Overlap: As I suspected, my funds had some degree of overlap. For example, I already owned a solid large-cap value fund, as well as a corporate bond fund, when I purchased the American Funds Balanced
Monitoring: A mutual fund portfolio, just like one composed of stocks, needs to be reviewed periodically, and owning too many of either can be problematic. My money was spread far too thin for any one fund to make an appreciable difference, and keeping tabs on all those picks was time consuming. Eventually, I lost track of a few of them. Tax reporting was no picnic either, as anyone who has filled out a 1040 Schedule D with a shoebox of financial statements can attest.
Mutual fund owners may not have to worry about margin expansion or free cash flows, but they have their own measures to consider. Obviously, a fund's track record against a benchmark or peer group is important, but that is only the beginning. Factors such as turnover, style drift, beta, tax efficiency, managerial changes, expense ratios, and portfolio composition must also be weighed. It's not quite as simple as flipping through Money magazine to find the 50 hottest funds from the year before and then falling asleep at the wheel.
Asset allocation: The proper way to construct a portfolio is to first determine -- based on risk profile and other factors -- a suitable asset allocation model (i.e., what percentage goes to large-cap value or short-term bonds). Only then should the investor search for the best funds to represent each category and split his assets accordingly. Plenty of homework underpinned my fund selections, but not enough went into prioritizing them. Those who randomly buy funds here and there that look promising without assessing their role in the context of a broader strategy are not truly assembling a portfolio but merely adding new pieces to a collection.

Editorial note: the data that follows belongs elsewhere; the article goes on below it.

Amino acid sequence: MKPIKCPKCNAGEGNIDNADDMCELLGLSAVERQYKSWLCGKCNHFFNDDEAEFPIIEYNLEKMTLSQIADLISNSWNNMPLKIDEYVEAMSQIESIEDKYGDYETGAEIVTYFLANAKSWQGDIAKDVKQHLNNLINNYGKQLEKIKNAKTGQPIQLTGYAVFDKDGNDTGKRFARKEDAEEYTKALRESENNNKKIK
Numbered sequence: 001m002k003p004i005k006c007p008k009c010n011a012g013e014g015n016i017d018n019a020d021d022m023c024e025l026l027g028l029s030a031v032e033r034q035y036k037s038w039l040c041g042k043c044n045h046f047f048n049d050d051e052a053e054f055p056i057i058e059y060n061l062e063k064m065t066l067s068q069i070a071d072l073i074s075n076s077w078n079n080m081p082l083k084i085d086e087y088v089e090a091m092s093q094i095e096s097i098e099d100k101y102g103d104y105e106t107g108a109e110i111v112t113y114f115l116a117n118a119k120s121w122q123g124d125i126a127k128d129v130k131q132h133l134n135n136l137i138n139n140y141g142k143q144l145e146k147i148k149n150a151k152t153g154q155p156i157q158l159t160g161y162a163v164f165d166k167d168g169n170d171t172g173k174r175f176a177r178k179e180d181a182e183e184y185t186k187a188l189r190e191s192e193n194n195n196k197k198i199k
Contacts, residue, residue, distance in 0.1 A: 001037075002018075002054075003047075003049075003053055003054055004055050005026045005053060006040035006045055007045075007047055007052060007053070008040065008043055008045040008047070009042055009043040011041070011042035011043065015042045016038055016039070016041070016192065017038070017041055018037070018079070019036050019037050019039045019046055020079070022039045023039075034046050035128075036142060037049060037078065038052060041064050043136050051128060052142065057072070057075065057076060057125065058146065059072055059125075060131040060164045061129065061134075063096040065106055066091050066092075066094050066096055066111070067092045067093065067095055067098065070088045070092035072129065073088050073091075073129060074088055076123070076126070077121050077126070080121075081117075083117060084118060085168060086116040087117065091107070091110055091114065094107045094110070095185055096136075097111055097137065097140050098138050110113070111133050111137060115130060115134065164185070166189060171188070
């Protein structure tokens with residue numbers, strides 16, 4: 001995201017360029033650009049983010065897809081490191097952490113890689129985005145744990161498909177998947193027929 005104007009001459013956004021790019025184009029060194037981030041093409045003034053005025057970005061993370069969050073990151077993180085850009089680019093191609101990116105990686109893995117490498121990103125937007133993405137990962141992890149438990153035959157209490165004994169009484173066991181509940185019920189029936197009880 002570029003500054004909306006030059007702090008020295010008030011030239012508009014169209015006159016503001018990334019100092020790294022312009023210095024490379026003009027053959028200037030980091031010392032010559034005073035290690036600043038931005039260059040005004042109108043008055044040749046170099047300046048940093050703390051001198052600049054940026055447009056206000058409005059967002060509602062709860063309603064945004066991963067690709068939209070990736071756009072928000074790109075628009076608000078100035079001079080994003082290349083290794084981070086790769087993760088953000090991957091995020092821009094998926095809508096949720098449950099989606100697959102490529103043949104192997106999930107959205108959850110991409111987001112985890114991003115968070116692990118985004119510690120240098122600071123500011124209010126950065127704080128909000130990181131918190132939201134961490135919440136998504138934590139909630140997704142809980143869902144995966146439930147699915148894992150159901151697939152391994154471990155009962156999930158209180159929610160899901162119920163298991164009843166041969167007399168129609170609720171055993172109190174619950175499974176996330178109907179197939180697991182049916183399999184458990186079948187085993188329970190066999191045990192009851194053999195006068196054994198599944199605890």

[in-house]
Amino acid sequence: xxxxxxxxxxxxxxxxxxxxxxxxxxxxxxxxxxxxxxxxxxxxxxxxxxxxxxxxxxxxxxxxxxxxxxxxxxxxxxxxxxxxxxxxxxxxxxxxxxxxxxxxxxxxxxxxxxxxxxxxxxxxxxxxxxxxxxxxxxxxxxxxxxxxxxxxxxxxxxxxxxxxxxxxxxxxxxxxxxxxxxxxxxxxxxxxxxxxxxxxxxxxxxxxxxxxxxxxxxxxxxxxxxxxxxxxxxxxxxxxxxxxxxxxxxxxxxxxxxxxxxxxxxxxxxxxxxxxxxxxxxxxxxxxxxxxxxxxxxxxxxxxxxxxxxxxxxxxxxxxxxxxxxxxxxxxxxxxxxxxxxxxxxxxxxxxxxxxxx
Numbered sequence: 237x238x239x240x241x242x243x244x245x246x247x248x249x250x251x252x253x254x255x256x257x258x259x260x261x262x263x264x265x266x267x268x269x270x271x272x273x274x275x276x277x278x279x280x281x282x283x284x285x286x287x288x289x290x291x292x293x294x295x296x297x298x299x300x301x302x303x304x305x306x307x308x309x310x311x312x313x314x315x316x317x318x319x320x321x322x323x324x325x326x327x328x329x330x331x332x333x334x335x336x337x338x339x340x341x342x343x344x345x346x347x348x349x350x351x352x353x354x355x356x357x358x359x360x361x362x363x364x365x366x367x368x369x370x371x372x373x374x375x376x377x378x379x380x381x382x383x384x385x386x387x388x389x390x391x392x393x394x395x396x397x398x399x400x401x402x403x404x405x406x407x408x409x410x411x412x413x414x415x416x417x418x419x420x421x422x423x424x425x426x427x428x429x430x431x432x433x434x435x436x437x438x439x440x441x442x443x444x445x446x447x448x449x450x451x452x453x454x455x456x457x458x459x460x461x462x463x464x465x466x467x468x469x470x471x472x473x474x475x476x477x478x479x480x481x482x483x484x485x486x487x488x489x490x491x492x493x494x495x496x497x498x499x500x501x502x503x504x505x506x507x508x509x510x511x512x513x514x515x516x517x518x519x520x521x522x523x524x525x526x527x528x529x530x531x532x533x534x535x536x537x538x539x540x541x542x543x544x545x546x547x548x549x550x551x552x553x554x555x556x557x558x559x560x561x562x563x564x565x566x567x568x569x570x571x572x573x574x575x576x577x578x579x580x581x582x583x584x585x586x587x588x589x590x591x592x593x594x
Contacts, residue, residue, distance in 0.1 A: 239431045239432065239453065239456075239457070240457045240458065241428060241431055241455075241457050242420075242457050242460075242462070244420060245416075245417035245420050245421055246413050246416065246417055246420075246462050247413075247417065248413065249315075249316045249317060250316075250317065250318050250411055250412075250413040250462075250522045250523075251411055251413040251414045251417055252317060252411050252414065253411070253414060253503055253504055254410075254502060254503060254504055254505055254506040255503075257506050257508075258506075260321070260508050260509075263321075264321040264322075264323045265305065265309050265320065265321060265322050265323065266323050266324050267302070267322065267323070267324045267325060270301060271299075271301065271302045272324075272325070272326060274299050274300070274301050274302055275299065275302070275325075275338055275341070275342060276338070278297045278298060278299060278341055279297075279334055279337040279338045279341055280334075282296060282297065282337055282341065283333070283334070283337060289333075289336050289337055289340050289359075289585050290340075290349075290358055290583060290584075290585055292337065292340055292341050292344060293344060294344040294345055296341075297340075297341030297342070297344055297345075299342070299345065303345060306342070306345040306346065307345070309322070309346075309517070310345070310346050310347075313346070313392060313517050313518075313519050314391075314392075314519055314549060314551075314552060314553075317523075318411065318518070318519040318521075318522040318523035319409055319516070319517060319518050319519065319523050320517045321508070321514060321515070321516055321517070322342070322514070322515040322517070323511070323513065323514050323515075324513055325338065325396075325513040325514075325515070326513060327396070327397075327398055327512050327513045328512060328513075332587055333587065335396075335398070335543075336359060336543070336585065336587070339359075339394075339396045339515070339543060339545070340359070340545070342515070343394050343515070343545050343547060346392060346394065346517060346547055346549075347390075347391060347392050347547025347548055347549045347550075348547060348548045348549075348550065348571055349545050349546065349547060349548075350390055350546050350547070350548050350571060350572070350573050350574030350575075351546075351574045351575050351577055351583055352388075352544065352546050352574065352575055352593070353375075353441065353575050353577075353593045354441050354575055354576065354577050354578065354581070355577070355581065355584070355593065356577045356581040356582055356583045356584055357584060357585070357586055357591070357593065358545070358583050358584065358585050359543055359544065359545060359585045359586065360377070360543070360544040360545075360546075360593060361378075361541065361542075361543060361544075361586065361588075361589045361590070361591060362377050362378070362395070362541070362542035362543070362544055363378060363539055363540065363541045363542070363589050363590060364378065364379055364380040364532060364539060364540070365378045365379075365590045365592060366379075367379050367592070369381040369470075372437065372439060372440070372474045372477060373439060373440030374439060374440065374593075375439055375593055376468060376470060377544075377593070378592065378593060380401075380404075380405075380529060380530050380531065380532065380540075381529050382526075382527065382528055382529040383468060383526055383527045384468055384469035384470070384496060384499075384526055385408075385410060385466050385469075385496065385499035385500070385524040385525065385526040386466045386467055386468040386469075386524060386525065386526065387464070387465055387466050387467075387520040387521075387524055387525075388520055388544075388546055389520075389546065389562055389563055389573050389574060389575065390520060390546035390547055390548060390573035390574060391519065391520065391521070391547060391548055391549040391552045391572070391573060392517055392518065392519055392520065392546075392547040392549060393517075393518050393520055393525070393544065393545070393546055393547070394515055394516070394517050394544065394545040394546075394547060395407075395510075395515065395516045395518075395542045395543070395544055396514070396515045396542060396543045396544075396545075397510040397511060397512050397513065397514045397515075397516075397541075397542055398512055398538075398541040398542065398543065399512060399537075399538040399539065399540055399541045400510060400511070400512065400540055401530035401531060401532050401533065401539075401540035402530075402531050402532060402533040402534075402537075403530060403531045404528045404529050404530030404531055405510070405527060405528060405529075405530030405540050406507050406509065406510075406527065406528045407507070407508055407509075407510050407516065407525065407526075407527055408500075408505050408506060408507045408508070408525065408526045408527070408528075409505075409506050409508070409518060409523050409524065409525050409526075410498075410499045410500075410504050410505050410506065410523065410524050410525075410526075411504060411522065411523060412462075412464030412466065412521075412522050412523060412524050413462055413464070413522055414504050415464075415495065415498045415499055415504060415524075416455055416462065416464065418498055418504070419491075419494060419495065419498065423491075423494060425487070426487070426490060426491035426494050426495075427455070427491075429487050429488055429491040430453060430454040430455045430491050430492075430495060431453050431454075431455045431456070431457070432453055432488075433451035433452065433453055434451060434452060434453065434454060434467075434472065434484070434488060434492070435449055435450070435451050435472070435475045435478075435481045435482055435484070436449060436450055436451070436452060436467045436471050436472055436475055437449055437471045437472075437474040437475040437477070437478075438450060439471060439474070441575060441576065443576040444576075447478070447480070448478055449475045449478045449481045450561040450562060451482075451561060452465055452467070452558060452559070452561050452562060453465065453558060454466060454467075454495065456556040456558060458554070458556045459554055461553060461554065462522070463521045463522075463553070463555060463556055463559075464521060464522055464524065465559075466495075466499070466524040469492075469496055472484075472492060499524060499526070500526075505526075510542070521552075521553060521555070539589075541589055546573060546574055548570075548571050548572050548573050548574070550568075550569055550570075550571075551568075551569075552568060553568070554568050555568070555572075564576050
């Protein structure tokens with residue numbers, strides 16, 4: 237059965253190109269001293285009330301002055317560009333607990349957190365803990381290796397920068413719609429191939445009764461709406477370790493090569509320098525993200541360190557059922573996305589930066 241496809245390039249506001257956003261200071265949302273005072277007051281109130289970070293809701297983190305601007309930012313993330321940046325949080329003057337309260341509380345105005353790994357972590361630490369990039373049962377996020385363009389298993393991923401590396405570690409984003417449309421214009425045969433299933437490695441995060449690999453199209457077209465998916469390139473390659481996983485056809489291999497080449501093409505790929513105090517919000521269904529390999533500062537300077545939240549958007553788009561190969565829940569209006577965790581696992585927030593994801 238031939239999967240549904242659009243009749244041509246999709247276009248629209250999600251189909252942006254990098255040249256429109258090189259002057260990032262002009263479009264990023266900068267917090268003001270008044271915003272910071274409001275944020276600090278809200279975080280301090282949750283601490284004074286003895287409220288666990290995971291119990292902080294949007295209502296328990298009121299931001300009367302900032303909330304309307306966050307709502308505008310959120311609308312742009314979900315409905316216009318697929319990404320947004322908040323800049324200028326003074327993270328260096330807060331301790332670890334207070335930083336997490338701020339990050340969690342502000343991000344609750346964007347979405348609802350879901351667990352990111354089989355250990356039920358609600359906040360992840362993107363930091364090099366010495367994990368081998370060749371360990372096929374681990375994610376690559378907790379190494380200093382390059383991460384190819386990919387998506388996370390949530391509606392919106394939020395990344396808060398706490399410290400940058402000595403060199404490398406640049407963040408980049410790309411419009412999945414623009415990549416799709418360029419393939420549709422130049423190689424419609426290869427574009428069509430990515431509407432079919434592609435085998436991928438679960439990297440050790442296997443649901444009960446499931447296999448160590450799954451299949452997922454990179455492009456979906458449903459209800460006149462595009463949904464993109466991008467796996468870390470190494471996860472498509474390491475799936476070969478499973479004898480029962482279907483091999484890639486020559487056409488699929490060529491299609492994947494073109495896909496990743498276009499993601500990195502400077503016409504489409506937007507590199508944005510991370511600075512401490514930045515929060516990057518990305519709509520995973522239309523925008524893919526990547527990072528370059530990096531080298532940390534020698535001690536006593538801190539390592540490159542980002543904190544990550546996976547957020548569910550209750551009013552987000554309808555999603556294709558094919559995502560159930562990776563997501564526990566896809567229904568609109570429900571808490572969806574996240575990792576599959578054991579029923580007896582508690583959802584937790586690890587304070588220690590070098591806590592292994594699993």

Overdiversifying: I used to visit Harrah's
In an attempt to have meaningful exposure to every nook and cranny of the market that might suddenly soar, I accumulated far more funds than was necessary. This type of mentality inevitably leads to mediocre performance. It is not feasible to include every fund that looks attractive from a fundamental standpoint, just as it is senseless to throw money at every sector that suddenly turns hot. With more than 10,000 available, many are going to seem worthy of admission. Morningstar tracks and compiles data for more than 50 different mutual fund categories -- seven pertaining to municipal bond funds alone. Clearly, investors must draw the line somewhere.
In the years since I managed to curb my addictive behavior, my investment returns have improved markedly. Before, there were just too many working parts. Now, if a new mutual fund catches my eye -- and many do, because Motley Fool Champion Fundsintroduces me to great ones every month -- I will only consider it to replace a laggard or for rebalancing purposes. And now that Champion Funds is in the process of rolling out model portfolios, I have a high-quality yardstick against which I can judge my own lineup. Handy, no?
Remember, though, that when deciding how many funds to own, there is no magic number, no right or wrong answer, and no rule of thumb. For a first timer with a modest bankroll, a single low-cost index fund -- such as the Vanguard 500 Index